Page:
Huixuan wrote:The system is based roughly off a Chinese system, where if you take the word "瓜" guā, melon, and you can turn it into a watermelon by adding "xī," west or turn it into a pumpkin by adding "nán," south.
Lol that's obvious (isn't that literally Grade 1 stuff we should all already know?). But what I mean is that pumpkins may have nothing to do with the south or watermelons with the west.linguoboy wrote:Huixuan wrote:The system is based roughly off a Chinese system, where if you take the word "瓜" guā, melon, and you can turn it into a watermelon by adding "xī," west or turn it into a pumpkin by adding "nán," south.
A lot of languages have that system. It's called compounding.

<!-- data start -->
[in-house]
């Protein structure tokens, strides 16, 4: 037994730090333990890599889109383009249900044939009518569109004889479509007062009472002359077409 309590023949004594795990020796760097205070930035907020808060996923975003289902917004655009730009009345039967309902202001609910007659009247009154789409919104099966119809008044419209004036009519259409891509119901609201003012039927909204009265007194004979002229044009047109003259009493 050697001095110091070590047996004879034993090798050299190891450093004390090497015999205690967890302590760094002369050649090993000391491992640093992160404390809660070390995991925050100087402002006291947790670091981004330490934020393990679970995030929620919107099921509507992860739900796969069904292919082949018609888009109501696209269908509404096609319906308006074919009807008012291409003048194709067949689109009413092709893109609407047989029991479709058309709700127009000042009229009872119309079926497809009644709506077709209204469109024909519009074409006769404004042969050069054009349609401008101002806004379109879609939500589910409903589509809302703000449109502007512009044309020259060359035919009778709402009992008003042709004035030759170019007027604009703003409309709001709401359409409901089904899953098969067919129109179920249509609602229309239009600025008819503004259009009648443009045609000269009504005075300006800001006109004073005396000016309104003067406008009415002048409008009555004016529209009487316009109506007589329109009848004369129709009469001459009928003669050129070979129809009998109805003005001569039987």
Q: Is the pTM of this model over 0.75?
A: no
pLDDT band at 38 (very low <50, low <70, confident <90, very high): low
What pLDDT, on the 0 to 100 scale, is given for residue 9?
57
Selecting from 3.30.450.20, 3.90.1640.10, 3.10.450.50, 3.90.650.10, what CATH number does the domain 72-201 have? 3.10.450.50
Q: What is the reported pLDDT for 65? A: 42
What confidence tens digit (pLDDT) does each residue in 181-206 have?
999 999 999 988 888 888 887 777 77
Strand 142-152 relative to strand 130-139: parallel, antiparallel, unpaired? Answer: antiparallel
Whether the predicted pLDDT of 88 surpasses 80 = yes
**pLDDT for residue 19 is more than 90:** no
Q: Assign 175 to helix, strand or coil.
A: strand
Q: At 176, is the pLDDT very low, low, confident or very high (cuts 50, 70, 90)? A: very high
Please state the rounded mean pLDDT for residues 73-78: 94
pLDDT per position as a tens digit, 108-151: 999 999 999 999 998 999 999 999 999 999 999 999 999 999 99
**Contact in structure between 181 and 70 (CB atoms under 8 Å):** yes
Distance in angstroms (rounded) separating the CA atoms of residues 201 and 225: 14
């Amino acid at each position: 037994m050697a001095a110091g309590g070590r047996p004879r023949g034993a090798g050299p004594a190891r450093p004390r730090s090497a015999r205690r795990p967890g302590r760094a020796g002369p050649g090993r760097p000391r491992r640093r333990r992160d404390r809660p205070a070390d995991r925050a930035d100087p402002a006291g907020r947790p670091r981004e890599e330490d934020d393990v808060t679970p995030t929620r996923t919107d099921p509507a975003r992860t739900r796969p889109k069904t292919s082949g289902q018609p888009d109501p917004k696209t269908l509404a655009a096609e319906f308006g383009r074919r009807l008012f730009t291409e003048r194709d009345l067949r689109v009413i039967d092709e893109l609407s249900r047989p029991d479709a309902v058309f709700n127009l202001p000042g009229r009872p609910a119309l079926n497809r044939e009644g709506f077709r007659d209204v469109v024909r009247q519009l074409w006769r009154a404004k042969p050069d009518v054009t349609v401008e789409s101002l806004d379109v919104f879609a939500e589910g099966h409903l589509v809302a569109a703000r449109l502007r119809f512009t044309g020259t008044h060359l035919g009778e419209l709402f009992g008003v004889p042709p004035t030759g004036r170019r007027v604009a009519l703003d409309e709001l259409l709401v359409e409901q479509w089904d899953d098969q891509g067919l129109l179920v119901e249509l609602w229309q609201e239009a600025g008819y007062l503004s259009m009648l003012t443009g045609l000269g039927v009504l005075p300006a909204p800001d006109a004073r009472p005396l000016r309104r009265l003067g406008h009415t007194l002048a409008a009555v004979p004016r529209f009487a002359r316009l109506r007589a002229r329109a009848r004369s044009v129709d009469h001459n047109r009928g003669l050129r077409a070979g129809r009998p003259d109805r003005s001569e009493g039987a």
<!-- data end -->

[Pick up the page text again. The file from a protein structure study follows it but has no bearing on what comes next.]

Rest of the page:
Well, Esperanto doesn't do much better, and there's even less derivation there. Pomo, banano, piro, etc. When it comes to getting really specific like what you're talking about, you would use scientific terms. In the vegetable case, you would want the scientific nomenclature. In the vaccine case, there would be a scientific name for the virus that would be used. But I agree with your point. My goal is sort of a speedtalk, but I try to take into account trading and commerce, which is what the language is meant for. I may later create longer words to meet more specific needs, especially fruits and business terms.And it's fine to have broad generic terms for general use as long as you also allow for very specific terms for specialist use. Think of the uses of a successful IAL. One very important one would be agreements between different bodies--companies, governments, charities, etc. For these to be useful, they often need to be very specific indeed; a tariff might affect only a specific cultivar of a specific vegetable, a charity might need a vaccine for a very specific affliction, and so forth.